By Brendan Sasso - 06/06/13 02:41 AM EDT
The National Security Agency (NSA) is collecting the telephone records of millions of Verizon customers under a top secret court order, according to the Guardian.
The British newspaper obtained the order, which requires Verizon to give the NSA information on all of its customers' phone calls—not just those under any suspicion of wrongdoing. The order covers the numbers of both callers, the time and duration of the calls and other identifying information. The order does not cover the contents of conversations or text messages.
The American Civil Liberties Union said the program was put in place under a controversial provision of the Patriot Act.
“From a civil liberties perspective, the program could hardly be any more alarming. It’s a program in which some untold number of innocent people have been put under the constant surveillance of government agents,” Jameel Jaffer, the ACLU's deputy legal director, said in a statement. “It is beyond Orwellian, and it provides further evidence of the extent to which basic democratic rights are being surrendered in secret to the demands of unaccountable intelligence agencies."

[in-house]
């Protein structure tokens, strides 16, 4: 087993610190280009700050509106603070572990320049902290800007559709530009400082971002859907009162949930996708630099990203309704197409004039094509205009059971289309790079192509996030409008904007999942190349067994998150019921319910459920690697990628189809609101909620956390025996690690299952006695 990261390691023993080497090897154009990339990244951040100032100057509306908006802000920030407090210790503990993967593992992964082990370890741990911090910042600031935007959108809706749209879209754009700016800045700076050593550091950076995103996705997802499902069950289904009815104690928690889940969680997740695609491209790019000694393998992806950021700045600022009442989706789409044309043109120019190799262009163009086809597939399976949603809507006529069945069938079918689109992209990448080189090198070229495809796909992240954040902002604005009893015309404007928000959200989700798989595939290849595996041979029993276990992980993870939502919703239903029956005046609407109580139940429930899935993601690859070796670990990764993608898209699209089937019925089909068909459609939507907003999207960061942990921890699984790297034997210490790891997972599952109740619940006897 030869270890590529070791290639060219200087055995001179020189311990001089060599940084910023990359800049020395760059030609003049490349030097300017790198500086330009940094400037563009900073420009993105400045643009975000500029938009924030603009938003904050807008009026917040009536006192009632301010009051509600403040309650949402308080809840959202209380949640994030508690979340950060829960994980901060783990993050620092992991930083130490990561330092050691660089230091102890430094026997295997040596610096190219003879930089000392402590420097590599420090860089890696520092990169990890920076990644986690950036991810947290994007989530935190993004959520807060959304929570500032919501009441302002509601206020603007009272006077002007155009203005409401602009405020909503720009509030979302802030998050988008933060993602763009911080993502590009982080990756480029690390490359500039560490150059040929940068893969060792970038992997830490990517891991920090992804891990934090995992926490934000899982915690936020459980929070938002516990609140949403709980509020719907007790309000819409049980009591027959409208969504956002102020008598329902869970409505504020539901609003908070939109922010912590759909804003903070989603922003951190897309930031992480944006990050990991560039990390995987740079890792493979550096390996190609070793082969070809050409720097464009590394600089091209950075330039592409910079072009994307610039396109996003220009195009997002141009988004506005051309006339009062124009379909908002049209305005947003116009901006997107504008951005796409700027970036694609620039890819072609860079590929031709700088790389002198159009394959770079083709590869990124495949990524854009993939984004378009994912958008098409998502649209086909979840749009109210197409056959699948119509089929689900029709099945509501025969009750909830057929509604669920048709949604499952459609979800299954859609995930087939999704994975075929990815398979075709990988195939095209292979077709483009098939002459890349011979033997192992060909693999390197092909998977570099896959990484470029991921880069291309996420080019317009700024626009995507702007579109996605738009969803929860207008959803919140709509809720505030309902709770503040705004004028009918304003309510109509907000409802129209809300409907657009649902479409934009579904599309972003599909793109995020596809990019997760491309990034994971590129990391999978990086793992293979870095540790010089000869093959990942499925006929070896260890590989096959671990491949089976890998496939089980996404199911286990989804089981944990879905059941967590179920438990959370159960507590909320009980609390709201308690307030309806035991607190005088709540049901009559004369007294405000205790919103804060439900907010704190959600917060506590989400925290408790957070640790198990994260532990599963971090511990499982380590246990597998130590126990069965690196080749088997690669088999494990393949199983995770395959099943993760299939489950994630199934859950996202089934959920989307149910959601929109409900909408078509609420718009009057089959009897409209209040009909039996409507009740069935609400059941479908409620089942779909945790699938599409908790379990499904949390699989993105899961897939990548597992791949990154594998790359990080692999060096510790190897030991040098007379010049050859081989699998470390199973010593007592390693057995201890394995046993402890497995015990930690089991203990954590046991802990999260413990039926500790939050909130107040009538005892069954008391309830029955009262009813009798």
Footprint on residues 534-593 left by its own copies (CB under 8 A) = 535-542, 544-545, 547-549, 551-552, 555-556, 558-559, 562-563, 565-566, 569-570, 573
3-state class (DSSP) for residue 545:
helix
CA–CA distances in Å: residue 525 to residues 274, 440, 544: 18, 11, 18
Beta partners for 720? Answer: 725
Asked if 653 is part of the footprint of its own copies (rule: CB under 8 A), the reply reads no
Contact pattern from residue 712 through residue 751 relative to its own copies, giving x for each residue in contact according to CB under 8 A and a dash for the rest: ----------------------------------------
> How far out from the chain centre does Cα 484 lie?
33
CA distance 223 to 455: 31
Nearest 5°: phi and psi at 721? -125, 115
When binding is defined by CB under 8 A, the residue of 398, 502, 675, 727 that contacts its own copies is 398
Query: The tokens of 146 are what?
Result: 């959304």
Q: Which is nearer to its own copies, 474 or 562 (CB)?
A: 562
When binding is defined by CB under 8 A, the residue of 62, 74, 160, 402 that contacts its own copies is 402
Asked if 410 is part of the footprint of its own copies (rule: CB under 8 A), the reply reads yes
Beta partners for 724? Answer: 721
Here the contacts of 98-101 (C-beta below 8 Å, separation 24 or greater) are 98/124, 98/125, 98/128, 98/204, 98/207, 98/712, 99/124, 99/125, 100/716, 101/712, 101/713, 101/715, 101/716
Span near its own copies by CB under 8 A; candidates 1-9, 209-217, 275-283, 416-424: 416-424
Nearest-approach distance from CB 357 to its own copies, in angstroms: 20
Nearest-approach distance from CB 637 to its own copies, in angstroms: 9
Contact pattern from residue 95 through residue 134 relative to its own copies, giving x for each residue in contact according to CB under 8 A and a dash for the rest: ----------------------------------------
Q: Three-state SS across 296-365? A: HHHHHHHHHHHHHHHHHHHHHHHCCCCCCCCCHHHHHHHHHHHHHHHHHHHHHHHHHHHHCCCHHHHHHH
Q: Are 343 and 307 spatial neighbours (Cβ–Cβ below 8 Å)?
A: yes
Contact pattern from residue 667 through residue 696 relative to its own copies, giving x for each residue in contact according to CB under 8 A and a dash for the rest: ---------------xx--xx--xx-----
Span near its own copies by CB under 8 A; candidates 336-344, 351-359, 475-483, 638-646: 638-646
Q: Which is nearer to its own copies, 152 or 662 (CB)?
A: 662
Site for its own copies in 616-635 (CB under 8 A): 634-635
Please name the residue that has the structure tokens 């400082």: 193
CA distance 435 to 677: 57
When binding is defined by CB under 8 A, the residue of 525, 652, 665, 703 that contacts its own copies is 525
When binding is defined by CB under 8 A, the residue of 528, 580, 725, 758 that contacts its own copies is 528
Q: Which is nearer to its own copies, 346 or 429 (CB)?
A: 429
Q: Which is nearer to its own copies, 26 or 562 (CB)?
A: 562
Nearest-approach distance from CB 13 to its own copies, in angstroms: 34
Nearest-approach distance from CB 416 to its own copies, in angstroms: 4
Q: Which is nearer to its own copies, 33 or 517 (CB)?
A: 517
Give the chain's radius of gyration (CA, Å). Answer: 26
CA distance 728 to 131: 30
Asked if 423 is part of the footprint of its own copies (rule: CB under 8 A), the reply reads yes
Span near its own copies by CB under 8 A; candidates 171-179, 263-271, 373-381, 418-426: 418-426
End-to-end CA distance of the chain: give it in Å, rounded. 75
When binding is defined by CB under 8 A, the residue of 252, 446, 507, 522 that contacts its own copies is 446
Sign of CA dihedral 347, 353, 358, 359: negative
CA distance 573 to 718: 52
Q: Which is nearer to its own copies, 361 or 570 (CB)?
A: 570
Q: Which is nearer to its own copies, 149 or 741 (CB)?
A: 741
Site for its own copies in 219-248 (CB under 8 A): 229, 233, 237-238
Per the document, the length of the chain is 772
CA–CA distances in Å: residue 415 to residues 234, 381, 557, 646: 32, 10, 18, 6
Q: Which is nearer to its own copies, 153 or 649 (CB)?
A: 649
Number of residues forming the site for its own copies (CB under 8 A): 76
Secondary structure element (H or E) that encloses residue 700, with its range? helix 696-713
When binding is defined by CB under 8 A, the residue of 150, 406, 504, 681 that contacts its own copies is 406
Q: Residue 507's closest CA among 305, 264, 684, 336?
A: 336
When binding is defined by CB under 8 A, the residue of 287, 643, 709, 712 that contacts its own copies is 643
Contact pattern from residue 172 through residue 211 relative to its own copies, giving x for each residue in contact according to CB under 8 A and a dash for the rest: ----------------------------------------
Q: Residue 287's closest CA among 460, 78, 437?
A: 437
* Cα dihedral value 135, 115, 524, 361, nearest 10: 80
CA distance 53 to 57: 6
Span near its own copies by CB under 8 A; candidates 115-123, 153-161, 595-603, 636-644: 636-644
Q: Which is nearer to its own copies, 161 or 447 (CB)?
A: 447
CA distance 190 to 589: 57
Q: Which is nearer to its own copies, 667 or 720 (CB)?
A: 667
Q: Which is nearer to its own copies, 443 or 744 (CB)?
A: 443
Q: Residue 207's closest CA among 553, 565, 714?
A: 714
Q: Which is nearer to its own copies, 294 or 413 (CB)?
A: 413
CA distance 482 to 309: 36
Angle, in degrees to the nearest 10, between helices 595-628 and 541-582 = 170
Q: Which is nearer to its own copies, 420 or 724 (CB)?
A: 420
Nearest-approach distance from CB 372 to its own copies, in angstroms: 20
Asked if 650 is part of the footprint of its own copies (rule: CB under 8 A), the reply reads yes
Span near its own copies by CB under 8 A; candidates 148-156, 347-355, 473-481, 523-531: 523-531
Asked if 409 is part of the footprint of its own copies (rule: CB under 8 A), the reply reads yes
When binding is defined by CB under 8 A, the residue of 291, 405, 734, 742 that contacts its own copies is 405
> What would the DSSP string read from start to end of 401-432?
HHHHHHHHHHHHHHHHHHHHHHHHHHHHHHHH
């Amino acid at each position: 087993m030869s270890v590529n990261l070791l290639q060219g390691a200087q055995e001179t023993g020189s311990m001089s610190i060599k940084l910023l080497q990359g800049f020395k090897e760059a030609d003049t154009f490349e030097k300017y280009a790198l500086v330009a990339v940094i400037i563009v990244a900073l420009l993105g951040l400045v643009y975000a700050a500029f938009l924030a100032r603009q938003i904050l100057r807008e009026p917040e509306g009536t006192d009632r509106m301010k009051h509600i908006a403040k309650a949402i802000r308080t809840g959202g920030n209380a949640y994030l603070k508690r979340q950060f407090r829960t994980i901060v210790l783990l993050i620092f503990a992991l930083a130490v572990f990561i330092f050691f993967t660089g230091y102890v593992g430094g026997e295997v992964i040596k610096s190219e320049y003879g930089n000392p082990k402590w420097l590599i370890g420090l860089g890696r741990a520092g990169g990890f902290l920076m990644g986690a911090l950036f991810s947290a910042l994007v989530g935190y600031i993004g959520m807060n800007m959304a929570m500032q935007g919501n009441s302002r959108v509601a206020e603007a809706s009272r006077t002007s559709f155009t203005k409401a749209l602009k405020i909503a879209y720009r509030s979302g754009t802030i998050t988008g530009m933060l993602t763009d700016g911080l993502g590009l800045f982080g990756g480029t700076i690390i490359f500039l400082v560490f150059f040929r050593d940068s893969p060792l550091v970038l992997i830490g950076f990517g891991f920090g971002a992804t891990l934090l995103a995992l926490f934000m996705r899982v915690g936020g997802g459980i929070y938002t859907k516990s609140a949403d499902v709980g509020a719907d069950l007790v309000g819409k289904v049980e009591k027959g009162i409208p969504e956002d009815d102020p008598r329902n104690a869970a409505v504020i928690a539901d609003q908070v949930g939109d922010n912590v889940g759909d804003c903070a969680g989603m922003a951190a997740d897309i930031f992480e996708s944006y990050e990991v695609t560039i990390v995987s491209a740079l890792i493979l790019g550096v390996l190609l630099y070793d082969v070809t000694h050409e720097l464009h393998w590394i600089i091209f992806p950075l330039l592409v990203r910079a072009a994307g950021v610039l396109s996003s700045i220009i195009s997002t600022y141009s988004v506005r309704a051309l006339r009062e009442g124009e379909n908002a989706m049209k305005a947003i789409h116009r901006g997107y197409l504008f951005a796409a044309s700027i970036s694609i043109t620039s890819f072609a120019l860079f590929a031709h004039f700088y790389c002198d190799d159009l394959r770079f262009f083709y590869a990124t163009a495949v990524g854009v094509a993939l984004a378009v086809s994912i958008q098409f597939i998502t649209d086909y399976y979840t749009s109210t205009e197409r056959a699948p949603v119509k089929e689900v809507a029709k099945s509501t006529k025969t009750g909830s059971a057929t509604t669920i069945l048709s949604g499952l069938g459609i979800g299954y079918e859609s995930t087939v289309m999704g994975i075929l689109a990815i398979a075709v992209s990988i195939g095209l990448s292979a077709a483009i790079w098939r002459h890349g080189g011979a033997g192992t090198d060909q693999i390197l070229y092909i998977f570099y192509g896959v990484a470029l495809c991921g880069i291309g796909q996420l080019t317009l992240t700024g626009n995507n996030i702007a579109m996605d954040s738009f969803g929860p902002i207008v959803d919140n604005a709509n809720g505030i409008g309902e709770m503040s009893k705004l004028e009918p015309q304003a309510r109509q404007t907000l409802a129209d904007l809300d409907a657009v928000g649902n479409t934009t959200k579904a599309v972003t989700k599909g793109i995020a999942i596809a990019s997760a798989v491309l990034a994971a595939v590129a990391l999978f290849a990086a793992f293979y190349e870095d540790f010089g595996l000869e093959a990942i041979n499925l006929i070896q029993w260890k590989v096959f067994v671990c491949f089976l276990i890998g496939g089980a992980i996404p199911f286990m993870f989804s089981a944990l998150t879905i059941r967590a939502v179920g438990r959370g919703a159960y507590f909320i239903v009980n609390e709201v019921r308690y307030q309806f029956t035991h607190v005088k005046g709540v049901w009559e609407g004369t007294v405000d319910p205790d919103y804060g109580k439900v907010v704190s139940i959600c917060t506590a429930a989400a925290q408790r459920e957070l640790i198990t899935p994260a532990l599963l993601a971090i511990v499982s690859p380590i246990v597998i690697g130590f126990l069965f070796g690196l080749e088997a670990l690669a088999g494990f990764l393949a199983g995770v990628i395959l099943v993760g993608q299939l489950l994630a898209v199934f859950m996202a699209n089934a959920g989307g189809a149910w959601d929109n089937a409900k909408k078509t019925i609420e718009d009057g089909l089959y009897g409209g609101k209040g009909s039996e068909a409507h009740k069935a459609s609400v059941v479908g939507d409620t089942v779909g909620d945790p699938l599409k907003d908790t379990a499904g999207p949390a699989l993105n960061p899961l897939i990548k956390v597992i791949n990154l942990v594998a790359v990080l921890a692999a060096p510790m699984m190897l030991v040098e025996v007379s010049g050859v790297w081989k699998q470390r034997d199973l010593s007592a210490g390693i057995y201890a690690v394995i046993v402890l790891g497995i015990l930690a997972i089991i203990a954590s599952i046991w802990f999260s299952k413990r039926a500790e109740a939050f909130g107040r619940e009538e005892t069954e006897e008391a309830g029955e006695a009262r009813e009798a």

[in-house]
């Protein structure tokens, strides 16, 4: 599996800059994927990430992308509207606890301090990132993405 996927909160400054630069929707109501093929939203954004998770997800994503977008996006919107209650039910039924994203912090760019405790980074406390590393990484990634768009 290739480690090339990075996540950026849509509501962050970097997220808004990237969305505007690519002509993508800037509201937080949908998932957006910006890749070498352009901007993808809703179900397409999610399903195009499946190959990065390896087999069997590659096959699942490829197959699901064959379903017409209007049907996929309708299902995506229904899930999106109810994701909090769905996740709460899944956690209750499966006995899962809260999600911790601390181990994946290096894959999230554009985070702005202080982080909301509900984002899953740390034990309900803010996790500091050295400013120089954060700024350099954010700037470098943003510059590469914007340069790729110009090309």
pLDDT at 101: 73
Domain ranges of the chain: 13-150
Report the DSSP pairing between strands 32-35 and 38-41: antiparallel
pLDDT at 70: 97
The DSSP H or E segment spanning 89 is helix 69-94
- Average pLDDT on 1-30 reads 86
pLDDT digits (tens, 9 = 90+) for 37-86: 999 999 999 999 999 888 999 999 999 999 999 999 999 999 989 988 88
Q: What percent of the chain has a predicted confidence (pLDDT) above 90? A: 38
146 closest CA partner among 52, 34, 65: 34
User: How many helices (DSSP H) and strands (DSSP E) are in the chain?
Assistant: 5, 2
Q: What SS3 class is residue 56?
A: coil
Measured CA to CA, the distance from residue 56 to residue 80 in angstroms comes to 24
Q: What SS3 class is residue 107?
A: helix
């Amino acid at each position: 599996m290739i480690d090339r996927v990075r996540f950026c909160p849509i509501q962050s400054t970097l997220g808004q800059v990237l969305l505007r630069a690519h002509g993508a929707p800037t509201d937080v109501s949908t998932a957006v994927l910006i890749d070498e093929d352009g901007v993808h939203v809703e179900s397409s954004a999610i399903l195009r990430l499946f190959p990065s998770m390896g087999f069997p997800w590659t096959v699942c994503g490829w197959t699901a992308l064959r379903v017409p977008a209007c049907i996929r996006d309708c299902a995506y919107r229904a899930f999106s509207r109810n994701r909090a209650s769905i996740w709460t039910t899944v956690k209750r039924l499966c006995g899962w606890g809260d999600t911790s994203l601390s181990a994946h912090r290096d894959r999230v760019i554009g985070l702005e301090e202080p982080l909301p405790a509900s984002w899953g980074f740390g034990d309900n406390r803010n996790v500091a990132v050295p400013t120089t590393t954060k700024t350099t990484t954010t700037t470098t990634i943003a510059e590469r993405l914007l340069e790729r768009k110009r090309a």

Michelle Richardson, an ACLU legislative counsel, called the program unconstitutional and urged Congress to launch a full investigation.
Sens. Ron Wyden (D-Ore.) and Mark Udall (D-Colo.) raised alarm in 2011 that they were aware that the NSA was using a secret interpretation of the Patriot Act to collect private information of Americans.
But the senators, who sit on the Intelligence Committee, said they were unable to reveal classified information.
"When the American people find out how their government has secretly interpreted the Patriot Act, they will be stunned and they will be angry," Wyden said in a 2011 floor speech.
The Verizon court order was scheduled to be declassified in 2038.
--This report was originally published at 10:41 p.m. and last updated at 11:20 p.m.